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The world understands the value of the pyramids, the sphynx. Cairo today is a bustling world city at the receiving end of the so called Arab Spring - a collective cry from the people of Egypt for a better future. But where are the voices of the people living on the fringes of Egytian society, people like the half a million "citizens" of The City of the Dead -- a massive cemetary in the heart of Cairo.
At a time when journalists were banned from el Arafa, this video crew slipped into the cemetary and managed to get a snapshot of lives being lived among the dead of Cairo.

For understandable reasons no one in this piece can be identified. I promised to respect their wishes. Clients are welcome to use nom-de plumes wherever they wish.

(NOTE: CLIENT SHOULD SUPPLY LATEST TAHRIR SQUARE CIVIL UNREST FOOTAGE) At a time of ongoing political unrest and turmoil, when thousands Egyptians fill Tahrir Square in search of political stability and economic freedom, there is a dark side to Cairo’s social order. It’s a side of Cairo life seldom exposed to the outside world. Few people in Cairo speak of it. It’s a subject never brought up in polite conversation, or over dinner tables. It’s part of Cairo’s national buried conscience, a collective embarrassment, if you will.
It’ s the City of the Dead, el Arafa, also called Qarafa by the Cairenes – the people of Cairo. This four mile (6.4k,) long necropolis (cemetery)with its dense tomb and mausoleum structures, below the Mokattam hills in south eastern Cairo is home to over 500 000 people who live and work among the dead. Some are refugees from other parts of Egypt, from the earth quake of 1992, or from city demolitions and urban renewal programs. Some want to be near their loved ones, recent or ancient relatives. The poorest live in the City of the Dead slum, locally known as Manshiyat naser, also known as Garbage City. During the time of Mubarrak, foreign journalists were expelled if they reported on el Arafa. They were warned to pay no attention to the City of the Dead if they ever wanted to return to Egypt.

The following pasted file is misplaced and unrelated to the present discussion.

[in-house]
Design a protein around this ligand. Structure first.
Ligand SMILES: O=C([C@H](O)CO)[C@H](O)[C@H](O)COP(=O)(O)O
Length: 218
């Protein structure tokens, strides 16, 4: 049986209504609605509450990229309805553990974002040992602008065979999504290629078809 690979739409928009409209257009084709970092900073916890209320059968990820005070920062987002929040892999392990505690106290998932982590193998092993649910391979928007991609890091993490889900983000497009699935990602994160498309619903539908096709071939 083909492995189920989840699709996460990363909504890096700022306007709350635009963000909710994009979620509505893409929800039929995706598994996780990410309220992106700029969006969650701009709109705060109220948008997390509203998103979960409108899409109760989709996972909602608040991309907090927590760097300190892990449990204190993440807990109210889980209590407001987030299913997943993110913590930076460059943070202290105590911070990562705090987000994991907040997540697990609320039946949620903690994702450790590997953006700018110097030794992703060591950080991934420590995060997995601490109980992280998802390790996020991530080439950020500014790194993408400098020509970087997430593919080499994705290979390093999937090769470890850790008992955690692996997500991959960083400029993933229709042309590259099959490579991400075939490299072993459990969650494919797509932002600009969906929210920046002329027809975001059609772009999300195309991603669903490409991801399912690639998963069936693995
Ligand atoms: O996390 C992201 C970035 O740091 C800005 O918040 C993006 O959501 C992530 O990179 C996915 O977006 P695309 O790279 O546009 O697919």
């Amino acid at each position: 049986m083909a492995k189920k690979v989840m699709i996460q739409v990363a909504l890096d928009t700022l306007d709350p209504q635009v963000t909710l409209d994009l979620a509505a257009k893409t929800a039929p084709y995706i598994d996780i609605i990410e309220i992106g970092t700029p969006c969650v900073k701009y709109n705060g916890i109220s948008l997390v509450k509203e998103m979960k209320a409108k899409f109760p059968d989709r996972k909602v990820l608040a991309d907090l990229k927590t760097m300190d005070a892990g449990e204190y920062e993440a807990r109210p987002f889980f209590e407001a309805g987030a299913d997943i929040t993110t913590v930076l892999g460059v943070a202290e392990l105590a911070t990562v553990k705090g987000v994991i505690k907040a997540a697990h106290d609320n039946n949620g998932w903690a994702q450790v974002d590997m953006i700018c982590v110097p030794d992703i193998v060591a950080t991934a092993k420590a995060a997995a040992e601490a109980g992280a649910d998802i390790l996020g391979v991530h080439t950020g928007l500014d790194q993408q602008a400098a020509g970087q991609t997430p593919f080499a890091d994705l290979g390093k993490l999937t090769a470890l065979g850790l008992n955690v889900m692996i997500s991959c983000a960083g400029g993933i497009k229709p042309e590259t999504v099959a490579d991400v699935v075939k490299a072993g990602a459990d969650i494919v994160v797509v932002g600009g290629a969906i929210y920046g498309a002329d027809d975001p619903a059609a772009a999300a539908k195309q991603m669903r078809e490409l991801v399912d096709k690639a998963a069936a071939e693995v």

But today, many of those marching for a better future on Tahrir Square come from Qarafa. Here, among the tombs and the sarcophagi and mausoleums, children are born, people cry, laugh, and live their extraordinary invisible lives. High rent and rampant unemployment in Cairo have forced people into the cemetery. The majority of these citizens of el Arafa are Muslims, but there are a few scattered Christian families as well.
Many of the tombs are house-like: a tradition that stems from ancient Egypt. What cuts these people off from the rest of Cairo – and also adds to the mystique of the place - are massive walls that surrounds the “city” on all four sides. Some tombs are very old but people are still buried there ever day. There are two separate rooms for men and women in most of the tombs; before the funeral , people are interred in an opening in the ground in the basement of the tomb and covered by a stone slab. During the funeral the stone slab is removed and the body is placed on a shelf...which concludes the internment process.
Access to the City of the Dead is not easy. The “citizens” generally don’t like tourists or cameras and are as a rule not very welcoming to strangers. This crew managed to get special permission from the locals to film in the City of the Dead only for four hours one night. We also had to hide from Mubarrak’s police, since it was officially forbidden for foreign journalist to report from the City of the Dead.
Now for the first time, with Mabarrak gone, these images can be shown.

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